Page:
Walking Mile End’s laneways


In many ways, Montreal is a remarkably heterogeneous city, and its built form is no exception. Each individual neighbourhood is distinct enough to provide the aimless walker with enough visual cues to figure out where he or she is.

Alleys, too, vary from one part of the city to the next. In nineteenth-century neighbourhoods, they’re often aimless, terminating in dead ends and unexpected courtyards. Twentieth-century lanes are more standard in their arrangement, but even then, there is a great deal of difference between them. Many of the alleys in the old town of Delorimier, on the Plateau, are surprisingly overrun with vegetation, giving them an almost rural feel; not too far away, the lush streets of Outremont are counterbalanced by narrow, denuded lanes lined by tall brick buildings.

Mile End falls somewhere in between. Compared to many neighbourhoods, its alleys are remarkably narrow, and they tend to be lined by garages and the back ends of buildings, or at least some pretty imposing walls and fences. But there’s no shortage of greenery, either, and all of this has the effect of making the lanes feel remarkably cozy and hemmed-in. Even more interesting is the clutter you find in them: discarded furniture, oddly-painted fences, street art, run-down sheds and garages — sometimes even entire houses that are hidden from the street. It’s fun to walk down the alleys and peek into the backyards and rear balconies, comparing the gardening habits of neighbours or juxtaposing messy, debris-and-laundry-filled backyards (long-time Mile End residents) with others that are immaculately-arranged and well-stocked with expensive patio furniture (finnicky suburban transplants).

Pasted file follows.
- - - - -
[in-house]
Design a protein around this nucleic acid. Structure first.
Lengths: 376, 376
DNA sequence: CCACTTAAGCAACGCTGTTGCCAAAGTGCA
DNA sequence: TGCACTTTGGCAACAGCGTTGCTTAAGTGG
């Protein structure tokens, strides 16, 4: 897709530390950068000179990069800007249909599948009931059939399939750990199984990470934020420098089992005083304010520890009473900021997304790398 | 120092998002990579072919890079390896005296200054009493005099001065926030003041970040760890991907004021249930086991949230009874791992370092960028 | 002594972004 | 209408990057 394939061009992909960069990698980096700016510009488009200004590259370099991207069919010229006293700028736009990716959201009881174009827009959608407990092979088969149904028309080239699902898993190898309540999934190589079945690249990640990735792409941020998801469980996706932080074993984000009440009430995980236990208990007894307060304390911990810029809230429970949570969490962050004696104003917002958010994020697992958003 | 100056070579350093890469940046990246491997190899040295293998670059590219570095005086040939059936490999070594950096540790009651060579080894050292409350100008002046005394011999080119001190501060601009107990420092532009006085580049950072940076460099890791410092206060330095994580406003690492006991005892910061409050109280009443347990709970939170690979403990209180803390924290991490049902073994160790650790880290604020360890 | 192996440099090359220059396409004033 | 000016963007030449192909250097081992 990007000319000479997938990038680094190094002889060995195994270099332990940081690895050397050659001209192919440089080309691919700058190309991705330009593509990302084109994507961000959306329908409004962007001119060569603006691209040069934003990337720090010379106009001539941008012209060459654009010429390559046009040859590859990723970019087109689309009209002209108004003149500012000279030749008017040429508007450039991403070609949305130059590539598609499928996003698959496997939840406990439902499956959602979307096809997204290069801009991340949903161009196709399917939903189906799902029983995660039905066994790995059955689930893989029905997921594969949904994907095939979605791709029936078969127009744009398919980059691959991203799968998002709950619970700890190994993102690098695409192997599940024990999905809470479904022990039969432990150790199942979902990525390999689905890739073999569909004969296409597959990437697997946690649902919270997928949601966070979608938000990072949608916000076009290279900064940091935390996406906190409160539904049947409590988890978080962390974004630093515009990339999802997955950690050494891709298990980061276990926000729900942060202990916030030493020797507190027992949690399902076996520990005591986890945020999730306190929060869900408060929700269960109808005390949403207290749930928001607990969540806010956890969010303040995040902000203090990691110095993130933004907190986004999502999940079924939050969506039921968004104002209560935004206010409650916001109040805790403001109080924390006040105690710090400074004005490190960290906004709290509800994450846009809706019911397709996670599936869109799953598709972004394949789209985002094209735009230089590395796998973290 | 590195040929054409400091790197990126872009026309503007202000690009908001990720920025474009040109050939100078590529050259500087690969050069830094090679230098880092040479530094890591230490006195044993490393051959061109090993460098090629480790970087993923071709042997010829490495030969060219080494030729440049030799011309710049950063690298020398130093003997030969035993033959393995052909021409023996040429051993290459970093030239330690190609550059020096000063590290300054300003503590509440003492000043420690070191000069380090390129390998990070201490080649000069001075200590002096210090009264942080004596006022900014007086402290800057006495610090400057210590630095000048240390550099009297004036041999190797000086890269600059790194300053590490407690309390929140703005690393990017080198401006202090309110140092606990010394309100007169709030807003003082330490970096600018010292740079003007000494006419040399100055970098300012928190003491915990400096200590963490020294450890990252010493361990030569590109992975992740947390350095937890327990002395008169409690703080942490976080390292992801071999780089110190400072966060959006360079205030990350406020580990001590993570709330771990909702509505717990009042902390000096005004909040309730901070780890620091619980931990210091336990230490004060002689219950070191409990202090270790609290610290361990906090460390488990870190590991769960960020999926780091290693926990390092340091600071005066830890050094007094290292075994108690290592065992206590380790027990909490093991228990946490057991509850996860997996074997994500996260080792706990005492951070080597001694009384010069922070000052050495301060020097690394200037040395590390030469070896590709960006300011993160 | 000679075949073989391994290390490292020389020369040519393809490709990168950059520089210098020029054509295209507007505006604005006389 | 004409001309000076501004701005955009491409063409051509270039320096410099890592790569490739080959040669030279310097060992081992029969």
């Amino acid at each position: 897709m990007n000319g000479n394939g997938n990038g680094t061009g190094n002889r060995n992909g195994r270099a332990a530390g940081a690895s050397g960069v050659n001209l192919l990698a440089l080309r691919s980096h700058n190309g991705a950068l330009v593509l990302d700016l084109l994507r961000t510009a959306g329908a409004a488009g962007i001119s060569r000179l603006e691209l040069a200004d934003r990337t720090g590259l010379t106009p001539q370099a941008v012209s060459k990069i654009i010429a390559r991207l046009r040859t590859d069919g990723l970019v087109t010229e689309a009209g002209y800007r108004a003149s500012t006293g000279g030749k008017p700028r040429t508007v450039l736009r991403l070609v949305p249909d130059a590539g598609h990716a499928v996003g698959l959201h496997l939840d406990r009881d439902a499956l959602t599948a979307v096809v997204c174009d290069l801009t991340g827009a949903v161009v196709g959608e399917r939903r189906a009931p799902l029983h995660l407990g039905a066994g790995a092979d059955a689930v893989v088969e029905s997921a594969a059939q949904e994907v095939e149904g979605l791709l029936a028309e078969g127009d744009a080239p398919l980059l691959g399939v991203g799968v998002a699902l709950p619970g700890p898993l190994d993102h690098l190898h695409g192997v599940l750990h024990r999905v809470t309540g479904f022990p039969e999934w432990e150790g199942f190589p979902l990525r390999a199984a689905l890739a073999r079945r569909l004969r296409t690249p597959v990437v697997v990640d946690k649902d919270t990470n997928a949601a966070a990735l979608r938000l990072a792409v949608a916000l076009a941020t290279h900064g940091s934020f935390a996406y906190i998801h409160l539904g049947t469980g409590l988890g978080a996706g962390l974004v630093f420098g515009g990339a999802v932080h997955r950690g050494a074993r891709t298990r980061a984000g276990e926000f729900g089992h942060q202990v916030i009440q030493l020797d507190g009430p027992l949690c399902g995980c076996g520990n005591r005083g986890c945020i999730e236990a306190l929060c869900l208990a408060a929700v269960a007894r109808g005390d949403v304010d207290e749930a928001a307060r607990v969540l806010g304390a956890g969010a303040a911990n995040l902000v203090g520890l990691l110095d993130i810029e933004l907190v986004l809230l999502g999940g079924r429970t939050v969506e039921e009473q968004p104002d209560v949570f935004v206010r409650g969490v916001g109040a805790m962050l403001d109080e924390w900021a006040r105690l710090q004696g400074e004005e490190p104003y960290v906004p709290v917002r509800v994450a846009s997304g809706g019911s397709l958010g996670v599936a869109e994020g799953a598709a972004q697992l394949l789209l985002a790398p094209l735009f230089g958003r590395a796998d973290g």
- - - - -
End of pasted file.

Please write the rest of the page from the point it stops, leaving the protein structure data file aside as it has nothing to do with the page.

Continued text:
Depending on your route, it’s possible to walk from one side of Mile End to the other making use only of laneways, and I often like to cut through the alleys when I’m going somewhere. There are far too many of them to suggest a good walking route — the best thing to do is to pick one and just wander aimlessly, doing as much as possible to avoid the actual streets. (It’s always great when two alleys intersect, which gives you the impression of being caught in some sort of alternate street grid, a secret double-city that is quieter and more mysterious.)

Still, there are some laneways in particular that are worth checking out, for various reasons. In the alley running between Jeanne-Mance and Esplanade, from Villeneuve to St. Joseph, you can see an the old boiler room, capped by a tall chimney, that provided heat and water to a block of triplexes on Villeneuve, the first (and, as far as I can tell, only) such plexes built with central heating. Groll Avenue, a bit to the north, is an alley in all but name. Built for no apparent reason when Mile End first developed (it breaks up the extremely long block between Fairmount and St. Viateur, but only runs from Park to St. Urbain), it was pedestrianized in the 1990s, and it’s a nice way to cut across the heart of the neighbourhood.